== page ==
Good quality nursing care and having a good belly laugh now and again is the best medicine for patients with venous leg
ulcers, according to a BMJ report of a five-year study that examined the effectiveness of adding ultrasound therapy to
standard care and found, contrary to expectations, that it did not speed up healing.
Lead researcher Professor Andrea Nelson, from the University of Leeds' School of Healthcare in the UK, and colleagues, concluded that traditional nursing care, which is cheaper and easier to deliver, worked just as well.
People with varicose veins or mobility problems often get leg ulcers which result from poor blood flow back to the heart from the feet and lower legs. These wounds are painful and ugly and can really impair a person's quality of life.
With good nursing care, most leg ulcers clear up within 12 months, but a significant number can take longer to heal, and the older and larger they get, the harder it becomes, which is why researchers are keen to find new ways to speed up the healing process.
It also likely that the number of people with leg ulcers will grow because of the rising prevalence of obesity.
"The key to care with this group of patients is to stimulate blood flow back up the legs to the heart," said Nelson, explaining that the best way to do that is "with compression bandages and support stockings - not 'magic wands' - coupled with advice on diet and exercise."
"Believe it or not, having a really hearty chuckle can help too. This is because laughing gets the diaphragm moving and this plays a vital part in moving blood around the body," she added.
Nelson explained that while the "healing energy" of low-dose ultrasound can make a difference to some medical conditions, this is not the case with venous leg ulcers.
Nelson and colleagues from the Universities of York and Teeside, and several NHS Trusts, set out to test ultrasound as a potential way to speed up healing of leg ulcers because a number of small studies had suggested it might.
They focused on the ulcers that were hard to heal, and had not cleared up after six months or more.
Their study compared using low dose, high frequency ultrasound every week for up to 12 weeks with standard care against standard care alone.
They found that ultrasound made no difference to healing rates, quality of life, or ulcer recurrence.
The participants, who were randomly assigned to the two groups, were 337 patients being treated by district nurses, or through attending community leg ulcer clinics, and hospital outpatient clinics in 12 urban and rural settings (11 in the UK and one in the Republic of Ireland).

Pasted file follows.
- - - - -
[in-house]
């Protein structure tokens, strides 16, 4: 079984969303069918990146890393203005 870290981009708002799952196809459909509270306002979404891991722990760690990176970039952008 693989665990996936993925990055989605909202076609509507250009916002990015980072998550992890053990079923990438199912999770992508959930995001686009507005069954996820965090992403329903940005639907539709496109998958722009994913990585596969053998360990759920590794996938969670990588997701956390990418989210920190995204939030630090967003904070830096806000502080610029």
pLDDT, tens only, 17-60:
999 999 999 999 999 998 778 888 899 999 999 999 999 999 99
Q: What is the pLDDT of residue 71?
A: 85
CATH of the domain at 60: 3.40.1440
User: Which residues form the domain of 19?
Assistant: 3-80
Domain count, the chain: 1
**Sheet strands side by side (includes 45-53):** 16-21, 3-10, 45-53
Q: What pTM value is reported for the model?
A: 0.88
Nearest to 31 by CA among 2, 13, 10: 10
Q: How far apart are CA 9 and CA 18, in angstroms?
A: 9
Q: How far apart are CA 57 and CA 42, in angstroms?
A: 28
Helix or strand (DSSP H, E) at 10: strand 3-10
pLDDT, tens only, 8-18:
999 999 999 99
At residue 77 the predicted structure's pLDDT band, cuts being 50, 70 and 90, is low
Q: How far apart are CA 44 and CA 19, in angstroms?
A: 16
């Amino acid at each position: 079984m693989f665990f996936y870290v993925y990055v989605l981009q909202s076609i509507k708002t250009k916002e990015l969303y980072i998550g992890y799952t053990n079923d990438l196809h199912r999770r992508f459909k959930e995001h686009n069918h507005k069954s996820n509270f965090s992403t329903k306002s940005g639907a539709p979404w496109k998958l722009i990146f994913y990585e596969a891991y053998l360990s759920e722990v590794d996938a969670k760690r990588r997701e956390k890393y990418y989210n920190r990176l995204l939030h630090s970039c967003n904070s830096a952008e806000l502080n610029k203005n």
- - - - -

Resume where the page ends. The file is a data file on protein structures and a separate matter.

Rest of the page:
More specifically, the results showed there was no signficant difference between the groups in:
- Healing time: even after adjusting for ulcer area, duration, use of bandaging, and study centre.
- Percentage of participants with ulcers healed by 12 months.
- Change in ulcer size at four weeks.
- Time to complete healing of all ulcers.
- Rate of recurrence of healed ulcers.
- Health-related quality of life: on both physical and mental health scores.
The researchers also found there was a significant link between time to heal and the ulcer size, with larger and older ulcers taking longer. Centres with high recruitment rates also showed the highest healing rates, they noted.
Nelson said there is a need to find ways of helping patients with persistent leg ulcers, but it looks like ultrasound is not one of them.
She said we should focus on "what really matters, which is good quality nursing care".
"There really is no need for the NHS to provide district nurses with ultrasound machines. This would not be money well spent," said Nelson.
Adding ultrasound to standard care would raise the cost by nearly £200 per patient.
"Use of weekly, low dose, high frequency ultrasound for hard to heal venous leg ulcers: the VenUS III randomised controlled trial."
Judith M Watson, Arthur R Kang'ombe, Marta O Soares, Ling-Hsiang Chuang, Gill Worthy, J Martin Bland, Cynthia Iglesias, Nicky Cullum, David Torgerson, E Andrea Nelson, on behalf of the VenUS III Team.
BMJ, 2011; 342:d1092, Published online 8 March 2011.
Additional source: University of Leeds (press release, 8 Mar 2011).
Written by: Catharine Paddock, PhD